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WSO2 5 minutes

WSO2 Stream Processor – Installation and Configuration

Nils Eckert
Nils Eckert
Integration Consultant
WSO2 Steam Processor streaming sql
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WSO2 stream processor logo.pngWSO2 Stream Processor got introduced recently at WSO2Con 2017 in London as next generation of WSO2’s analytics platform. WSO2 Stream Processor will be the successor to WSO2 Data Analytics Server (DAS) and is designed to be lightweight, lean and cloud native.

WSO2 Stream Processor allows you to create applications that analyze data in real-time utilizing Siddhi [1] complex event processing engine. The input can get:

  • Captured via different transport protocols including WSO2Event, HTTP, TCP, JMS, MQTT, Email, Kafka etc., and in manifold formats including XML, JSON, Binary, Text, Map etc.
  • Analyzed based on different analytics concepts including stream processing, complex event processing, incremental aggregation and machine learning.
  • Published to different interfaces via different transport protocols including WSO2Event, HTTP, TCP, JMS, MQTT, Email, Kafka etc., and a wide range of formats including XML, JSON, Binary, Text, Map etc.

The following picture gives a high level overview about how stream processing is executed within WSO2 Stream Processor:

WSO2 Steam Processor-streaming sql.png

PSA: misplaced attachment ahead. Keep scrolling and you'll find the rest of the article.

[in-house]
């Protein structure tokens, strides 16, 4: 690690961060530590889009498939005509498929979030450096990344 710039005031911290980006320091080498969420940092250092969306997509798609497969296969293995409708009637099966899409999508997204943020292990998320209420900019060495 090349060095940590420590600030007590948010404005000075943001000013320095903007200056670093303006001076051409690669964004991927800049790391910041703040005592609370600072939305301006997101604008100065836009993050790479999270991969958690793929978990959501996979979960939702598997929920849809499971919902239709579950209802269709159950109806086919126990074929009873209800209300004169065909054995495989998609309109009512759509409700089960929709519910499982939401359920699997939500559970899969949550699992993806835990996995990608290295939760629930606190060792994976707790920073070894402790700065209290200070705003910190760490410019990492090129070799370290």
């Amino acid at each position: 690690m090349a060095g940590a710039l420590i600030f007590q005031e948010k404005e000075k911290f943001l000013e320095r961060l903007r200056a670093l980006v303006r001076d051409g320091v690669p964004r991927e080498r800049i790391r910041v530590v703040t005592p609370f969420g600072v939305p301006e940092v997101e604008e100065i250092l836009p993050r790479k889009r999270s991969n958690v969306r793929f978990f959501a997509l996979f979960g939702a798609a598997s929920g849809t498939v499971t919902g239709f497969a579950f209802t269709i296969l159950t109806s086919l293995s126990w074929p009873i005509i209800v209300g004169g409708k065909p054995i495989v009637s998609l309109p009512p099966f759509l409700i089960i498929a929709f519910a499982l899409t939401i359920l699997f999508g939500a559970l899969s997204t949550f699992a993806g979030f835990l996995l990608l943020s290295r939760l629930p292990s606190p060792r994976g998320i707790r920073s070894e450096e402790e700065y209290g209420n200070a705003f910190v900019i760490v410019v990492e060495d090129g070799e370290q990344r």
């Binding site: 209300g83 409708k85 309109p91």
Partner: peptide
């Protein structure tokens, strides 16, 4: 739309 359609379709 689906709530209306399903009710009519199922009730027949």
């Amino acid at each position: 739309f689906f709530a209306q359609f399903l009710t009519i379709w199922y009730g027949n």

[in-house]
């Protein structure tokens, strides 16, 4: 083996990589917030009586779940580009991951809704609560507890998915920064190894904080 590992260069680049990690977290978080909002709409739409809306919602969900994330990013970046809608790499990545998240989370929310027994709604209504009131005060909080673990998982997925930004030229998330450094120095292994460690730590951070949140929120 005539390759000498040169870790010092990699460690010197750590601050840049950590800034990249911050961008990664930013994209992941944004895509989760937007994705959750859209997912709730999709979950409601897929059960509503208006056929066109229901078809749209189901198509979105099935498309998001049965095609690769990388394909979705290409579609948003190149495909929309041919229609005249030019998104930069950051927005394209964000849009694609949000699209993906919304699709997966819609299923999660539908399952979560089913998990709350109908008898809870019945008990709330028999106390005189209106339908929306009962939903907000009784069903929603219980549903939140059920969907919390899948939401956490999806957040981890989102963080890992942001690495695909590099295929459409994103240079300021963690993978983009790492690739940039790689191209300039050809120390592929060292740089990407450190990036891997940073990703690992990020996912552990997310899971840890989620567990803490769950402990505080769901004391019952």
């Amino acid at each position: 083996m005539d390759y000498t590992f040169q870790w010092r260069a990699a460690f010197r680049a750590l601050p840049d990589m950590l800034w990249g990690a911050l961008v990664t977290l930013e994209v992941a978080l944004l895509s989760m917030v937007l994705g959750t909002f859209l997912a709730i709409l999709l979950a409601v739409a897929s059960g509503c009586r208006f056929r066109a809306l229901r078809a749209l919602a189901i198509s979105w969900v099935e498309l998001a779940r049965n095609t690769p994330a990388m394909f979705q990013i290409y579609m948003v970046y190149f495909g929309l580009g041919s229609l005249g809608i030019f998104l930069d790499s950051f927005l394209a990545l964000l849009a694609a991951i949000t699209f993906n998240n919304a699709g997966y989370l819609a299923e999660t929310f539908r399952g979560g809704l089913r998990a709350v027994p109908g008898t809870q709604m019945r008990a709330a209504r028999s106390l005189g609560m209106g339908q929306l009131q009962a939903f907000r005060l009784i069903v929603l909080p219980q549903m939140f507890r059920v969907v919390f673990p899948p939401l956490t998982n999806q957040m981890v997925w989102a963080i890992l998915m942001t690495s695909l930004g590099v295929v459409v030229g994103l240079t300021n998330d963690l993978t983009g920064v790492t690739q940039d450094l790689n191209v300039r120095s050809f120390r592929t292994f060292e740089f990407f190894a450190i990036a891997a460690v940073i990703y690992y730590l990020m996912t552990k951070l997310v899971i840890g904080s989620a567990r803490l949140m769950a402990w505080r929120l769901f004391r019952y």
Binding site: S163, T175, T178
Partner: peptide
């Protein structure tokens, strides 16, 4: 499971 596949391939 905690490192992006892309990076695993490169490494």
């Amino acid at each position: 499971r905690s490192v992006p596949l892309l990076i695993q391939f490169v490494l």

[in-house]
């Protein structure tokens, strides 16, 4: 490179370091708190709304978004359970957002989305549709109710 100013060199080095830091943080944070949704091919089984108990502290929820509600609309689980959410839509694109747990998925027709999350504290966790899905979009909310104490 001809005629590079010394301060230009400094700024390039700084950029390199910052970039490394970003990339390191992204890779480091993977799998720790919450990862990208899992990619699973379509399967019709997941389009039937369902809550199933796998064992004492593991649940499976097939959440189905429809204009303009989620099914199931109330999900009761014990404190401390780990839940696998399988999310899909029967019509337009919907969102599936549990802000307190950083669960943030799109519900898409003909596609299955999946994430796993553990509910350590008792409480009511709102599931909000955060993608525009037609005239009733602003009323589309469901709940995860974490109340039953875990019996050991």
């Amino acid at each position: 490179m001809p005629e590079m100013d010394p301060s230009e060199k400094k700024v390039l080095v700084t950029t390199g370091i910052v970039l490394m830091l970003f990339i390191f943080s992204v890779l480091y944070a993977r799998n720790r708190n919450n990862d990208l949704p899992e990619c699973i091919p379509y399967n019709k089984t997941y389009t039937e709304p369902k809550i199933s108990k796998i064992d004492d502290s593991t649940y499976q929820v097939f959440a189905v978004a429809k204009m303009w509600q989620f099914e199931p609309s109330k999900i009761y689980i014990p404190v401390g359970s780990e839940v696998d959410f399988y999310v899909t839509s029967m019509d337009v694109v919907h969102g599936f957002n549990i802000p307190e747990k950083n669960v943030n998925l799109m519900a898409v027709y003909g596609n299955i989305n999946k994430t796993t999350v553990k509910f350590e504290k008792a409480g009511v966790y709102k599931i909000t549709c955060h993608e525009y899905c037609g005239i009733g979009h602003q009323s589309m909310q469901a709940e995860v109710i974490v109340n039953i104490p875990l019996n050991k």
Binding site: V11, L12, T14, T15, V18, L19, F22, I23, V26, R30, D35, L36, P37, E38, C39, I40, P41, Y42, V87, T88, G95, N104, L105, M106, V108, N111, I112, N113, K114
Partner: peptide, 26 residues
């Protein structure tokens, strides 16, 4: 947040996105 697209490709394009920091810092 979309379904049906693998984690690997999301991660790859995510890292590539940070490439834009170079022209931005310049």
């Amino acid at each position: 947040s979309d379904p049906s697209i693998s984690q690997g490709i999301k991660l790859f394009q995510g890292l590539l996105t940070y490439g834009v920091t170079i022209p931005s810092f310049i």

WSO2 Stream Processor is currently available as an alpha version, which allows you to play around and collect first impressions. In this blog, we have a closer look at how to install and configure the product.

Installing WSO2 Stream Processor

The installation of the WSO2 Stream Processor is quite simple:

  • Download the latest version of the product [2]
  • Extract the archive to a dedicated directory
  • Set JAVA_HOME to point to the directory where the Java Development Kit (JDK) is installed, which must be Oracle JDK 1.8 (OpenJDK is not recommended)

Now everything is set to give WSO2 Stream Processor a first test drive.

Running WSO2 Stream Processor

One of the first things you will notice after you have installed WSO2 Stream Processor is that there is no wso2server.sh/.bat in the <SP_HOME>/bin directory anymore like it was with WSO2 Data Analytics Server. Instead there are 4 startup scripts, one for each of the following components: